The Menu movie review & film summary (2022)
But the build-up to what’s really happening at this insanely expensive restaurant on the secluded island of Hawthorne is more intriguing than the actual payoff. The performances remain prickly, the banter deliciously snappy. And “The Menu” is always exquisite from a technical perspective. But you may find yourself feeling a bit hungry after this meal is over.
An eclectic mix of people boards a ferry for the quick trip to their storied destination. Chef Slowik’s fine-tuned, multi-course dinners are legendary—and exorbitant, at $1,250 a person. “What, are we eating a Rolex?” the less-than-impressed Margot (Anya Taylor-Joy) quips to her date, Tyler (Nicholas Hoult), as they’re waiting for the boat to arrive. He considers himself a culinary connoisseur and has been dreaming of this evening for ages; she’s a cynic who’s along for the ride. They’re gorgeous and look great together, but there’s more to this relationship than initially meets the eye. Both actors have a keen knack for this kind of rat-a-tat banter, with Hoult being particularly adept at playing the arrogant fool, as we’ve seen on Hulu’s “The Great.” And the always brilliant Taylor-Joy, as our conduit, brings a frisky mix of skepticism and sex appeal.
Also on board are a once-popular actor (John Leguizamo) and his beleaguered assistant (Aimee Carrero); three obnoxious, entitled tech dudes (Rob Yang, Arturo Castro, and Mark St. Cyr); a wealthy older man and his wife (Reed Birney and Judith Light); and a prestigious food critic (Janet McTeer) with her obsequious editor (Paul Adelstein). But regardless of their status, they all pay deference to the star of the night: the man whose artful and inspired creations brought them there. Ralph Fiennes plays Chef Slowik with a disarming combination of Zen-like calm and obsessive control. He begins each course with a thunderous clap of his hands, which Mylod heightens skillfully to put us on edge, and his loyal cooks behind him respond in unison to his every demand with a spirited “Yes, Chef!” as if he were their drill sergeant. And the increasingly amusing on-screen descriptions of the dishes provide amusing commentary on how the night is evolving as a whole.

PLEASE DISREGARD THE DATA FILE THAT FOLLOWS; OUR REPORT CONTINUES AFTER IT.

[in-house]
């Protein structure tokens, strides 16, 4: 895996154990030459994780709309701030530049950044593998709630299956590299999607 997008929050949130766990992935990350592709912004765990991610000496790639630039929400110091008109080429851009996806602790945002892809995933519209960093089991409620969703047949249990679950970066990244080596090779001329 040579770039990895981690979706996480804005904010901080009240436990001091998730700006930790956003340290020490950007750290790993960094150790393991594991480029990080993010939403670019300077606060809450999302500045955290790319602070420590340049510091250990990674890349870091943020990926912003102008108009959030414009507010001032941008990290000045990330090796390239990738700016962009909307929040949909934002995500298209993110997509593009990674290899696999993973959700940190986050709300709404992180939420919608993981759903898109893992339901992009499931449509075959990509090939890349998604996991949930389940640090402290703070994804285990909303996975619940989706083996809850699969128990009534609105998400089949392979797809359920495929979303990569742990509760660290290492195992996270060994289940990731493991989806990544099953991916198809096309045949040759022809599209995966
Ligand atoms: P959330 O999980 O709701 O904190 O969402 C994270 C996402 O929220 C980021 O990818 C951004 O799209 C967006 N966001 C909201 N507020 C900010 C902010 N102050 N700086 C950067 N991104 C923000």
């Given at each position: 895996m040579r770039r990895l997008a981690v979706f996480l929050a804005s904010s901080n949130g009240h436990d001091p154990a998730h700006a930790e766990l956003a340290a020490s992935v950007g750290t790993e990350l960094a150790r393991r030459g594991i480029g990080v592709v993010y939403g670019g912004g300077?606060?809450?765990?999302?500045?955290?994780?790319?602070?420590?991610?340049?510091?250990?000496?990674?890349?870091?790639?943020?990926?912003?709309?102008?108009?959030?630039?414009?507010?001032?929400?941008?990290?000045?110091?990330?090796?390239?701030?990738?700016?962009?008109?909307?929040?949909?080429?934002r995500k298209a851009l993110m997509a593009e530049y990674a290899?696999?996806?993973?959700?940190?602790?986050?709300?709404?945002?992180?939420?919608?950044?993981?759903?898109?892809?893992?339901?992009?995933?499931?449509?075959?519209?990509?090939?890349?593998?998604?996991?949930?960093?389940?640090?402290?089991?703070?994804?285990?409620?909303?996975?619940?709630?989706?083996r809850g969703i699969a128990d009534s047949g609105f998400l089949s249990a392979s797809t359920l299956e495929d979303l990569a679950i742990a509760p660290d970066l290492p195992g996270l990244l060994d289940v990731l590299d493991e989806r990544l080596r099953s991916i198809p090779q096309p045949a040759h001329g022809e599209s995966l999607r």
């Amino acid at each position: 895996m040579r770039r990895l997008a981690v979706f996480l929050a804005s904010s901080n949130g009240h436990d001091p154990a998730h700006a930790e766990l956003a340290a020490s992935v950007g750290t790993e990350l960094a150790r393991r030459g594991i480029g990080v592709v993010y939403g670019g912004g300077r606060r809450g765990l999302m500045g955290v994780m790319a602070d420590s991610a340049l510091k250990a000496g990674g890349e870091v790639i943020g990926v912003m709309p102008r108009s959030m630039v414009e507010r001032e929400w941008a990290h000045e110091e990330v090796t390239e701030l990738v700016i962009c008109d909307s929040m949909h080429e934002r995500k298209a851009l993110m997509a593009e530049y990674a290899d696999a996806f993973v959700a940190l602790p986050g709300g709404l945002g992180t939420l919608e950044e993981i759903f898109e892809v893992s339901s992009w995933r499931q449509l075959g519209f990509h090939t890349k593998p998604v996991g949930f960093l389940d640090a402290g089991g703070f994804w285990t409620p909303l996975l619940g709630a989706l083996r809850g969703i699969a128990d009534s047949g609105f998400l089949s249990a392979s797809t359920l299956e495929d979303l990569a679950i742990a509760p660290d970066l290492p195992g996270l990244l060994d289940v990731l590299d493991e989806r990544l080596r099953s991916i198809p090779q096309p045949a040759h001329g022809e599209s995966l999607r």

Of these characters, Birney and Light’s are the least developed. It’s particularly frustrating to have a performer of the caliber of Light and watch her languish with woefully little to do. She is literally “the wife.” There is nothing to her beyond her instinct to stand by her man dutifully, regardless of the evening’s disturbing revelations. Conversely, Hong Chau is the film’s MVP as Chef Slowik’s right-hand woman, Elsa. She briskly and efficiently provides the guests with a tour of how the island operates before sauntering among their tables, seeing to their every need and quietly judging them. She says things like: “Feel free to observe our cooks as they innovate” with total authority and zero irony, adding greatly to the restaurant’s rarefied air.
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